Highly Cited Leaders and the Performance of Research Universities

46 Pages Posted: 16 Apr 2009

See all articles by Amanda H. Goodall

Amanda H. Goodall

IZA Institute for the Study of Labor

Date Written: April 15, 2009


There is a large literature on the productivity of universities. Little is known, however, about how different types of leader affect a university’s later performance. To address this, I blend quantitative and qualitative evidence. By constructing a new longitudinal dataset, I find that on average the research quality of a university improves some years after it appoints a president (vice chancellor) who is an accomplished scholar. To try to explain why scholar-leaders might improve the research performance of their institutions, I draw from interview data with twenty-six heads in universities in the United States and United Kingdom. The findings have policy implications for governments, universities, and a range of research and knowledge-intensive organizations.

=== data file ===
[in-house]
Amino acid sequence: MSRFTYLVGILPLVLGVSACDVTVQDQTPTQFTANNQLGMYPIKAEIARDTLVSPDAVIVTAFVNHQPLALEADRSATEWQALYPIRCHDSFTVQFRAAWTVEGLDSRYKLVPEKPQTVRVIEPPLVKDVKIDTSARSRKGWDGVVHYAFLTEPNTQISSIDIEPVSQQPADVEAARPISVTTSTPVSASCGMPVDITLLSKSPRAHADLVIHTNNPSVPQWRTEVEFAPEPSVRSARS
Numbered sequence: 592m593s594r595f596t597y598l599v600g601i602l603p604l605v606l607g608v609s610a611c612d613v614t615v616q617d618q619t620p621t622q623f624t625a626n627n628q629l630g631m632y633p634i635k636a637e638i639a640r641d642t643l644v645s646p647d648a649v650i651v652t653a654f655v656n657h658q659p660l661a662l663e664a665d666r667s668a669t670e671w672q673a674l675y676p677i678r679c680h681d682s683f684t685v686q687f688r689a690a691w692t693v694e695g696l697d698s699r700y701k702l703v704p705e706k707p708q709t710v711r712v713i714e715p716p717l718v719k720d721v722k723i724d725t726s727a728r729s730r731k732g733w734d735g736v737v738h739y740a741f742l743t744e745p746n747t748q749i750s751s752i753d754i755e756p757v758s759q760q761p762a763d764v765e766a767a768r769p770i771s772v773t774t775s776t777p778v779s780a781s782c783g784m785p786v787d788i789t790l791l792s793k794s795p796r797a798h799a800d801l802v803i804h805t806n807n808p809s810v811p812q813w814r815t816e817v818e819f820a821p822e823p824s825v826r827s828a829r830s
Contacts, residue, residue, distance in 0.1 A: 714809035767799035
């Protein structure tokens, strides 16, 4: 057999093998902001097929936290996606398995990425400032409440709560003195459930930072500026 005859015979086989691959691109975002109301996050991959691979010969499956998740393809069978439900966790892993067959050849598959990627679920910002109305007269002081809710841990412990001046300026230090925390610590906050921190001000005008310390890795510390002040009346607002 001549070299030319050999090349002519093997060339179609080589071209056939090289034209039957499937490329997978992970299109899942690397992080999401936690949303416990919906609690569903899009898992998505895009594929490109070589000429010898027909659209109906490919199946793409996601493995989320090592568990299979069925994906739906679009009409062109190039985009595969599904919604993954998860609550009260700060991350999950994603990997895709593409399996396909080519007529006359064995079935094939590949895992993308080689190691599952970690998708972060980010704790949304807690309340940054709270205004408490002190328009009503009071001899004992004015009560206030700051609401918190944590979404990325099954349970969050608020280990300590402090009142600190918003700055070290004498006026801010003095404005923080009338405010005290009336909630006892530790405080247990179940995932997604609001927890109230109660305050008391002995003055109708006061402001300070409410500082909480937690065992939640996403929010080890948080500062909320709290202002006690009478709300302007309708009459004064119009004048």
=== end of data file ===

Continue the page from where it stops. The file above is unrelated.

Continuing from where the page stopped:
Keywords: Research performance, expert knowledge, leadership, universities, innovation

JEL Classification: J24, M51

Suggested Citation

Goodall, Amanda H., Highly Cited Leaders and the Performance of Research Universities (April 15, 2009). Available at SSRN: https://ssrn.com/abstract=1383076 or http://dx.doi.org/10.2139/ssrn.1383076

Amanda H. Goodall (Contact Author)

IZA Institute for the Study of Labor ( email )

Schaumburg-Lippe-Str. 5-9
Bonn, 53113

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